The governor also announced her appointments to the Pacific Salmon Commission Northern Panel and the Commercial Fisheries Entry Commission.
The Citizen's Advisory Commission on Federal Areas was created a year after the 1980 passage of the Alaska National Interest Lands Conservation Act.
The commission is responsible for identifying and reducing any potential negative impact on Alaska and its citizens from federal actions on any of the 239 million acres of federal land in the state.
"No other state holds as much federal land as Alaska, and no citizens have a greater stake in having their voices heard on issues related to federal lands than Alaskans," Palin said.
"The reconstitution of this council will be an important way for Alaskans to make their voices heard on federal decisions affecting our home, and I appreciate Representative Kelly's efforts to win this victory for Alaskans."
Under the terms of the reauthorizing law, the governor appoints six Alaskans to the commission, while the Speaker of the House and the Senate President may each appoint one legislator from their bodies, and two other Alaskans. Citizen appointees must represent the diversity of users and uses of federal land in Alaska.
Palin appointed Mark Fish of Anchorage, Ken Kreitzer of Juneau, Charlie Lean of Nome, Susan Smith of Chitina, Alex Tarnai of Tanana and Frank Woods of Dillingham to the commission.
Kreitzer is a state corrections officer at Lemon Creek Correctional Center in Juneau who has worked as a police officer and airport safety officer, firefighter, emergency medical technician. He is a longtime Alaska outdoorsman.
Palin re-appointed Russell Thomas of Ketchikan and John Carle of Hydaburg to the Northern Panel of the Pacific Salmon Commission.
The Northern Panel provides technical and regulatory advice to the Pacific Salmon Commission, a U.S.-Canada treaty organization that manages salmon originating in Southeast Alaska/Northern British Columbia rivers.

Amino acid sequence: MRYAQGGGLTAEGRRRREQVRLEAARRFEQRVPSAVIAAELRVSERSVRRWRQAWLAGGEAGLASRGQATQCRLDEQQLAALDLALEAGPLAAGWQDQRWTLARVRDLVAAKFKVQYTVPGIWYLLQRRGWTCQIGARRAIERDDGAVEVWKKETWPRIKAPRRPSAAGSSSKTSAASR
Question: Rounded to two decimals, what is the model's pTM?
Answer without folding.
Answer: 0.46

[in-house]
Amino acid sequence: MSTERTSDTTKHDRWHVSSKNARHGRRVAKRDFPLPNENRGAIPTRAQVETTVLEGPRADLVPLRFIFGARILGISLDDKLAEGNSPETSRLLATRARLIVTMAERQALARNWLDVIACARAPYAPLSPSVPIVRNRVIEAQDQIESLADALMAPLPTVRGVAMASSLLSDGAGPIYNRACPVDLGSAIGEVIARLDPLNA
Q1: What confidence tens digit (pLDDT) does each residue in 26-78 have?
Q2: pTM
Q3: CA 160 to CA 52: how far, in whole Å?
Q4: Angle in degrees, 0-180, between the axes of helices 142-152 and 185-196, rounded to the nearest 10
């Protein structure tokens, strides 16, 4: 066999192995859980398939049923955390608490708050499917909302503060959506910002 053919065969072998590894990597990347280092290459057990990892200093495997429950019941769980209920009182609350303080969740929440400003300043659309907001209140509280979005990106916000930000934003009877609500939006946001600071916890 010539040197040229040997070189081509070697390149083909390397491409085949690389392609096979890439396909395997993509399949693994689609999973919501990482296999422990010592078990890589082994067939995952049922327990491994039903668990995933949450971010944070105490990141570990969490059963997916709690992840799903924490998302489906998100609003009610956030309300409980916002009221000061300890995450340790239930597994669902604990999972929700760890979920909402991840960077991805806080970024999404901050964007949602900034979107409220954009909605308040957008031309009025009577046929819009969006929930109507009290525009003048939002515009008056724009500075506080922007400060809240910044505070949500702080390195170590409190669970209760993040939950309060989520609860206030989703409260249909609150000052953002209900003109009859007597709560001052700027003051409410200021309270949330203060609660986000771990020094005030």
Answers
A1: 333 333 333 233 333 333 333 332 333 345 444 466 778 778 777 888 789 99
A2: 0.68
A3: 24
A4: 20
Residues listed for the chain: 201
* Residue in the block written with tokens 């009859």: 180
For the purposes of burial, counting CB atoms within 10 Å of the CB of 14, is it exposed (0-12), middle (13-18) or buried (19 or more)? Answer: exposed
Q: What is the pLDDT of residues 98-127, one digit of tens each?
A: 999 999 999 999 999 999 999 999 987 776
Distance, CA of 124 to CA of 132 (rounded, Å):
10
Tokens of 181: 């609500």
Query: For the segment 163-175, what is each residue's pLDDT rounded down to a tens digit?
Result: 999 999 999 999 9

The panel helps negotiate and implement treaty provisions, offers recommendations on fish management, and reviews technical data on each nation's annual fishing and salmon enhancement programs. Thomas was born and raised in Ketchikan and is currently manager of Clover Pass Resort. He also serves on the Ketchikan Gateway Borough School District Board of Education. He fills a seat designated for a member of the public with experience in salmon fisheries. Thomas was originally appointed to the panel in 2004.
Carle is a lifelong Alaskan and commercial fisherman who operates from Hydaburg, fishing for salmon, herring and shrimp. He was nominated as an alternate for a seat designated for a member of the public with experience in salmon fisheries. He was originally appointed as an alternate to the panel in 2005.
Palin reappointed Frank Homan of Juneau to the Commercial Fisheries Entry Commission, a quasi-judicial independent regulatory agency that promotes conservation and sustained yield management of fisheries, by regulating and controlling entry into commercial fisheries in the state.
Homan first served on the commission from 1991-1996, was reappointed in 2003 and is currently chairman of the three-person panel.
A 60-year Alaskan who grew up in Ketchikan working in his family's fish buying business, Homan has worked as director of industrial development for the Alaska Department of Economic Development, a legislative aide, founder and principal of a Juneau-based economic research firm, chairman of the Alaska Commercial Fishing and Agriculture Bank, and executive director of the Southeast Conference.